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  • OpaCyber

Two observed changes in tactics spotted in the same recent phishing email

1. Positive rather than Negative Social Engineering

The first is a change from the usual negative social engineering (You must.. If you don’t.. Important you do this by x artificial time constraint) to positive (look, something new and shiny for you..)

We should point out this didn’t reach an inbox, it was stopped in quarantine in Defender - far too many things it didn’t like (but maybe your defences aren't as good as our client's) 🤣:

Phish email example
Phishing email example

Here’s the email:

  1. 🚩Thank you, Microsoft. They’re at least trying to warn you!

  2. 🚩The “From” is the recipient’s domain. No email address, just the domain

  3. 🚩Who now? “From” your domain but some random address in Turkey?

  4. The recipient, either the email address or the first name

  5. 🚩The Positive social engineering: "Setup New Features" along with "Enhanced email protection setup" further up. Then there's the link. Ah, the link. Hover to discover. https: //ipfs . io / ipfs / about 60 random characters followed by an html file and the recipient email address

There should be enough red flags there to have carried out one of the following, in the order we would prefer to see 🤣

  1. Report to your Security or IT team

  2. Report junk or report phishing (Outlook) or whatever your email client of choice supports

  3. Delete

With phishing emails it’s worth knowing the six principles of persuasion, as that’s what the bad actors are using. Sales people use the same principles. (Nothing wrong with sales people!!) 🤣🤣:

  • Reciprocity

  • Scarcity

  • Authority

  • Consistency

  • Liking

  • Consensus

In addition, with social engineering there are nine framing, or pretexting, triggers the bad actors are trying to use:


  • Authority

  • Force

  • Social Pressure

  • Scarcity

  • Urgency

  • Greed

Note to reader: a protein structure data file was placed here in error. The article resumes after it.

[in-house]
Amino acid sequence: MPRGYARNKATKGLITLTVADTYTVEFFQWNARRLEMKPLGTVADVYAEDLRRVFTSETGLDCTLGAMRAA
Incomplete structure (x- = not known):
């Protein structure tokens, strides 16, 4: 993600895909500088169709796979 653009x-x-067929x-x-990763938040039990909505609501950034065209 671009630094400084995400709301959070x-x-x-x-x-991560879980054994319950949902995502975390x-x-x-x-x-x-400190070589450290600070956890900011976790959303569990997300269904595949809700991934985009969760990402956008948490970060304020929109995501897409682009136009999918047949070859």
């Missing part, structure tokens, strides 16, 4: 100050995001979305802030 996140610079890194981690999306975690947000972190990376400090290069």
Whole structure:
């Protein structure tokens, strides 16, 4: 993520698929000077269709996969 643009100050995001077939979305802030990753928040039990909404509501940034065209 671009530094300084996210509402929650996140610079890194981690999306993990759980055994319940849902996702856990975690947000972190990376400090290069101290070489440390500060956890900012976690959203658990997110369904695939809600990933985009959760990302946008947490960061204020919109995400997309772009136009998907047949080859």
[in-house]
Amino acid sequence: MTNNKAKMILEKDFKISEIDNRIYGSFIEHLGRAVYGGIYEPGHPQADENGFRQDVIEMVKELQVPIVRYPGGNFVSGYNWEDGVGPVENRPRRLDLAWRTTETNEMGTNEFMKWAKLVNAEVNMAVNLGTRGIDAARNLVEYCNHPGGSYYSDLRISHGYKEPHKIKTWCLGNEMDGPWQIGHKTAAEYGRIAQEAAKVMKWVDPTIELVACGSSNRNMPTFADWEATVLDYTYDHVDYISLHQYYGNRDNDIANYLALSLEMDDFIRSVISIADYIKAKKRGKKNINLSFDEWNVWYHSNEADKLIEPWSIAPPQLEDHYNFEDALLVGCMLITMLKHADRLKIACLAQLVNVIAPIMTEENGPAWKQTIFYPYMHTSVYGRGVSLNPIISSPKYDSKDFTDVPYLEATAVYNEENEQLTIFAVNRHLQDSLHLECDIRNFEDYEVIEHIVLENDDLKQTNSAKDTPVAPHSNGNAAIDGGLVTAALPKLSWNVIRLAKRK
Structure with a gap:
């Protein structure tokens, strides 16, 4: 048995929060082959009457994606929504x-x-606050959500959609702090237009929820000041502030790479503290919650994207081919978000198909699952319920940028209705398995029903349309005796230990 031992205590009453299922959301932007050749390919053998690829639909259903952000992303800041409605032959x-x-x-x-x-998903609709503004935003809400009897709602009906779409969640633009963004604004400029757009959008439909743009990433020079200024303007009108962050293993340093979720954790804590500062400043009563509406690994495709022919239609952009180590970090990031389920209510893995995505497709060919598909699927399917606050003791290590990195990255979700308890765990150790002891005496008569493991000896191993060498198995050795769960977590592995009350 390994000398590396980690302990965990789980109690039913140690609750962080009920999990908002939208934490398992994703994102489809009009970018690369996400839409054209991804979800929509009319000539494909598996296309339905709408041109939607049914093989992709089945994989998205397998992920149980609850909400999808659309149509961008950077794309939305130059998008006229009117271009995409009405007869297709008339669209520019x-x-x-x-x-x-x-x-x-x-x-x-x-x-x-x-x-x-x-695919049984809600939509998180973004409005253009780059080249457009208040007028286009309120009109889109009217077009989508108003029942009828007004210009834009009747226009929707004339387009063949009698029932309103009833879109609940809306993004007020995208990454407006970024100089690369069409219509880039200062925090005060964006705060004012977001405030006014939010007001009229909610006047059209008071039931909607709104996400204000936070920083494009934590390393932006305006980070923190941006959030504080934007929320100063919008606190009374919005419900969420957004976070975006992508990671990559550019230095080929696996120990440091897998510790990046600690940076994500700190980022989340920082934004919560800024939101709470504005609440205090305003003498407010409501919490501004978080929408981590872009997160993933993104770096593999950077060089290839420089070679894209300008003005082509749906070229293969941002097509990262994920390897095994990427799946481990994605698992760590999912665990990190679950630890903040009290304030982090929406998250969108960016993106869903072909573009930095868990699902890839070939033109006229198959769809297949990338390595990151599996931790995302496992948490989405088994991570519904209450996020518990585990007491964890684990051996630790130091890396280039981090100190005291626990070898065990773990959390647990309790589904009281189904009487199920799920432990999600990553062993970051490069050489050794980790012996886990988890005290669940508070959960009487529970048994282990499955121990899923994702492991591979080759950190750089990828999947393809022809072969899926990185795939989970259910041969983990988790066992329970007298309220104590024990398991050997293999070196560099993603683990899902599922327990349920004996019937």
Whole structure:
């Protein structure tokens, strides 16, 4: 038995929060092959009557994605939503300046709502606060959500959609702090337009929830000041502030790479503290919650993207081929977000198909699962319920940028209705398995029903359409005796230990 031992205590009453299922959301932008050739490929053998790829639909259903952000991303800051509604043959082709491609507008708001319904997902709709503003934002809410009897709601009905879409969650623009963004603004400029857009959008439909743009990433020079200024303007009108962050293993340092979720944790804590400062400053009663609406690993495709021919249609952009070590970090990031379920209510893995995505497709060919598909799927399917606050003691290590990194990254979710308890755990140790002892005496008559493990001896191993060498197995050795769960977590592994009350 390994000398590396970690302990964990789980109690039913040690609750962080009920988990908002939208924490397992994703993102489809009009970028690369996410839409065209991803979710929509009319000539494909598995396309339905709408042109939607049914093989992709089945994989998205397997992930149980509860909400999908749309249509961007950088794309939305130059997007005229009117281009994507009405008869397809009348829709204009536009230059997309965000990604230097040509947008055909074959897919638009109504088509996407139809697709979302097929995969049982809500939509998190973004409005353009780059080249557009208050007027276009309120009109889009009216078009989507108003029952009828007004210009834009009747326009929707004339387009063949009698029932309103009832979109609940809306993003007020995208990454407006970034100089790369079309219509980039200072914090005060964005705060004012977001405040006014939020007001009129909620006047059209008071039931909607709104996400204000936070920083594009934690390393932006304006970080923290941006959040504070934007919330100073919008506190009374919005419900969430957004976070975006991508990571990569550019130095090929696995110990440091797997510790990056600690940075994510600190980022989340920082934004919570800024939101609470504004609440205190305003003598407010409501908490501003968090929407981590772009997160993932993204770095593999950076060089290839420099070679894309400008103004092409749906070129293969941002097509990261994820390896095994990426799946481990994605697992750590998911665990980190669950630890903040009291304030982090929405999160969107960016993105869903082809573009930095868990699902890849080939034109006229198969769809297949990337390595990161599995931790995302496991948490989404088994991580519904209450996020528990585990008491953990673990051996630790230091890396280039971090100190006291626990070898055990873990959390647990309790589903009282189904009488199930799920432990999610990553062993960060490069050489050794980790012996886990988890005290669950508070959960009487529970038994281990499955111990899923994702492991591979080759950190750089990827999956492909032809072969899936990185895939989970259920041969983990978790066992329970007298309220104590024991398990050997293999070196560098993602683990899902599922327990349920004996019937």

• Trust

  • Social Acceptance

  • Helpfullness

ALL social engineering can, crudely, be boiled down to two emotions; fear and/or greed

So in this case we could say “greed” (sounds a bit harsh, but..) “oh look, I get something new and shiny for free”. CLICK 🤦‍♂️

This brings us to the the second change in tactics which is the use of IPFS

OK, so what’s IPFS then when it’s at home?

We’re glad you asked.. 🤣

2. IPFS - Peer-to-Peer File Sharing

IPFS stands for InterPlanetary File System which is a peer-to-peer file sharing network. The switch to this type of network makes it much harder, vs a traditional domain, for entities like the FBI, Interpol, Microsoft to “persuade” hosting companies to take down bad domains hosting bad stuff

The second “benefit” is that it is very simple to change the url to target a new victim. One just has to change the last portion of the url.

The fact that this url really has nothing to do with your business or mail system should have been enough of a red flag, but if not anytime you spot “ifps” in a url should be enough to have you running in the opposite direction!

We’ve now seen a few of these and the “payload” varies from an html file (links to malware) to phishing for credentials for some type of service.

Stay Safe Out There!!

Incidentally the day after we spotted this dodgy email we found a great blog post from the good folks over at Inky describing, in better detail than we could, more about IPFS:


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